Posted by Bruce Betts on 2014/04/25 04:30 CDT
Learn about the formation and origin of the Solar System and go beyond our neighborhood to investigate exoplanets (planets around other stars) in this video of class 11 of Bruce Betts' Introduction to Planetary Science and Astronomy class.
Caution: Spacecraft Under Construction
Visiting JPL's high bay clean room with NASA Administrator Charles Bolden
Join Emily Lakdawalla and Mat Kaplan inside JPL's High Bay 1, where two Earth-revealing missions are being readied for launch.
Emily Lakdawalla and Courtney Dressing talked about just how common Earth-sized exoplanets may be in our neighborhood. Watch the replay here.
In the first full day of the annual meeting of the Division of Planetary Sciences of the American Astronomical Society, I listened to scientific sessions on icy worlds and on an exoplanet in a four-star system.
Posted by Emily Lakdawalla on 2011/12/20 04:53 CST
A large team of researchers has announced in a Nature article the discovery of not one, but two, Earth-sized planets orbiting a star named Kepler-20. This article separates the observational facts from the quite-likely-to-be-true inferences from the downstream speculations.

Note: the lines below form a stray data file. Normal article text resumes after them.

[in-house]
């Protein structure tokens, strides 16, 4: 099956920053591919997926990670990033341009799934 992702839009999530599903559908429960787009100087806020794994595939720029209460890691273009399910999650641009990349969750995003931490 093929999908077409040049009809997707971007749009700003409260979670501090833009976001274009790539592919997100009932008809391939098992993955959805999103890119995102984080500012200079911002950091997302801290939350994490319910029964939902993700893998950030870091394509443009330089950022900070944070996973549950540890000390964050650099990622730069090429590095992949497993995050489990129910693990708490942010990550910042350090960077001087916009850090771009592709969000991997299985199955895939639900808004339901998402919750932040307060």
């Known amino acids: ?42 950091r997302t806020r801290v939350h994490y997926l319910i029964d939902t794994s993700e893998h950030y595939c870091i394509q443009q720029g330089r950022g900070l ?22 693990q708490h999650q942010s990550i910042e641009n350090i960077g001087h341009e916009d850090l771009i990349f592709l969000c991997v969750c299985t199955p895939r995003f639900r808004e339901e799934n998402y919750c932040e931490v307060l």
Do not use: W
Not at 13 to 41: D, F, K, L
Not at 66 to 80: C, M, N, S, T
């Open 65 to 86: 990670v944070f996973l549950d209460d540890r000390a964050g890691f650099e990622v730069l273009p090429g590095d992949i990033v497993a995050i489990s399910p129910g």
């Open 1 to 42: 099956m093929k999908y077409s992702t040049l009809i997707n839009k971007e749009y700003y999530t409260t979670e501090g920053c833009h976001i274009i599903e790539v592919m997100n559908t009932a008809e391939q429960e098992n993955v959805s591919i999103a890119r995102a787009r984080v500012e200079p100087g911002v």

Posted by Emily Lakdawalla on 2011/02/02 12:26 CST
I wasn't able to watch the Kepler press briefing today so I will give you links to some of my favorite blogs for information on today's announcement, which follows a major data release last night as well as the publication of a paper in Nature.
Posted by Emily Lakdawalla on 2011/01/10 02:12 CST
The Kepler exoplanet hunting mission has made news today with a report of "its first rocky planet."
Posted by Amir Alexander on 2010/08/27 02:32 CDT
Two nearly simultaneous announcements by scientists that they have detected entire planetary system deep in space have set the astronomical community abuzz.
Posted by Bruce Betts on 2010/01/04 12:06 CST
Congratulations to NASA's Kepler mission team on their announcement of the discovery of its first five exoplanets (planets around other stars). All five are "hot Jupiters," meaning that they are the sizes of the gas giants in our solar system, but are extremely close to their parent stars.
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